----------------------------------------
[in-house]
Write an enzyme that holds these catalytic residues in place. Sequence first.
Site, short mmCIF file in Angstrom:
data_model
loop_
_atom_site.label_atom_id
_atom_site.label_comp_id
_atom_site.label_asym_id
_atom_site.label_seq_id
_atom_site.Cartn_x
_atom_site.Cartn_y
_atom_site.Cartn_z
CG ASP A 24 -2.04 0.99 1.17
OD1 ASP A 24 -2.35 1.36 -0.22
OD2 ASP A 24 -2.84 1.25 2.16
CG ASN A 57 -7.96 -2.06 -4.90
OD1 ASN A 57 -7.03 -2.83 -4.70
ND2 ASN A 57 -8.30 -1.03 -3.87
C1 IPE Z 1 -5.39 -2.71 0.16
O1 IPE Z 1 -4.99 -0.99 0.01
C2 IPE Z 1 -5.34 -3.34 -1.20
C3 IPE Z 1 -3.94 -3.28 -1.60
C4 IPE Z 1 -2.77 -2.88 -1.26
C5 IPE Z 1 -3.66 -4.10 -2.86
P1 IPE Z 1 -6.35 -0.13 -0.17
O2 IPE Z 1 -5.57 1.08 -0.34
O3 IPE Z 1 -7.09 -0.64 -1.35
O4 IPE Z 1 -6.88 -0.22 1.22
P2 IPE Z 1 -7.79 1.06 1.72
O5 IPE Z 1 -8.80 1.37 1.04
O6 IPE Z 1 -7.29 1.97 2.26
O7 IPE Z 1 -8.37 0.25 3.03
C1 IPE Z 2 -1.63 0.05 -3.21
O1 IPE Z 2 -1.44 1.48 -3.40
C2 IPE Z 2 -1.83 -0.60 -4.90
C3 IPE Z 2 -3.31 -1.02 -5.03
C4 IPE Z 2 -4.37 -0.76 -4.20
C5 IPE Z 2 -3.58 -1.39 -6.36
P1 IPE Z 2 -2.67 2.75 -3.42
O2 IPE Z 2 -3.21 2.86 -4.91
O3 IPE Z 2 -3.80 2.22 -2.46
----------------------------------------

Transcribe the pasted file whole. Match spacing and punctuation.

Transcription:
[in-house]
Write an enzyme that holds these catalytic residues in place. Sequence first.
Site, short mmCIF file in Angstrom:
data_model
loop_
_atom_site.label_atom_id
_atom_site.label_comp_id
_atom_site.label_asym_id
_atom_site.label_seq_id
_atom_site.Cartn_x
_atom_site.Cartn_y
_atom_site.Cartn_z
CG ASP A 24 -2.04 0.99 1.17
OD1 ASP A 24 -2.35 1.36 -0.22
OD2 ASP A 24 -2.84 1.25 2.16
CG ASN A 57 -7.96 -2.06 -4.90
OD1 ASN A 57 -7.03 -2.83 -4.70
ND2 ASN A 57 -8.30 -1.03 -3.87
C1 IPE Z 1 -5.39 -2.71 0.16
O1 IPE Z 1 -4.99 -0.99 0.01
C2 IPE Z 1 -5.34 -3.34 -1.20
C3 IPE Z 1 -3.94 -3.28 -1.60
C4 IPE Z 1 -2.77 -2.88 -1.26
C5 IPE Z 1 -3.66 -4.10 -2.86
P1 IPE Z 1 -6.35 -0.13 -0.17
O2 IPE Z 1 -5.57 1.08 -0.34
O3 IPE Z 1 -7.09 -0.64 -1.35
O4 IPE Z 1 -6.88 -0.22 1.22
P2 IPE Z 1 -7.79 1.06 1.72
O5 IPE Z 1 -8.80 1.37 1.04
O6 IPE Z 1 -7.29 1.97 2.26
O7 IPE Z 1 -8.37 0.25 3.03
C1 IPE Z 2 -1.63 0.05 -3.21
O1 IPE Z 2 -1.44 1.48 -3.40
C2 IPE Z 2 -1.83 -0.60 -4.90
C3 IPE Z 2 -3.31 -1.02 -5.03
C4 IPE Z 2 -4.37 -0.76 -4.20
C5 IPE Z 2 -3.58 -1.39 -6.36
P1 IPE Z 2 -2.67 2.75 -3.42
O2 IPE Z 2 -3.21 2.86 -4.91
O3 IPE Z 2 -3.80 2.22 -2.46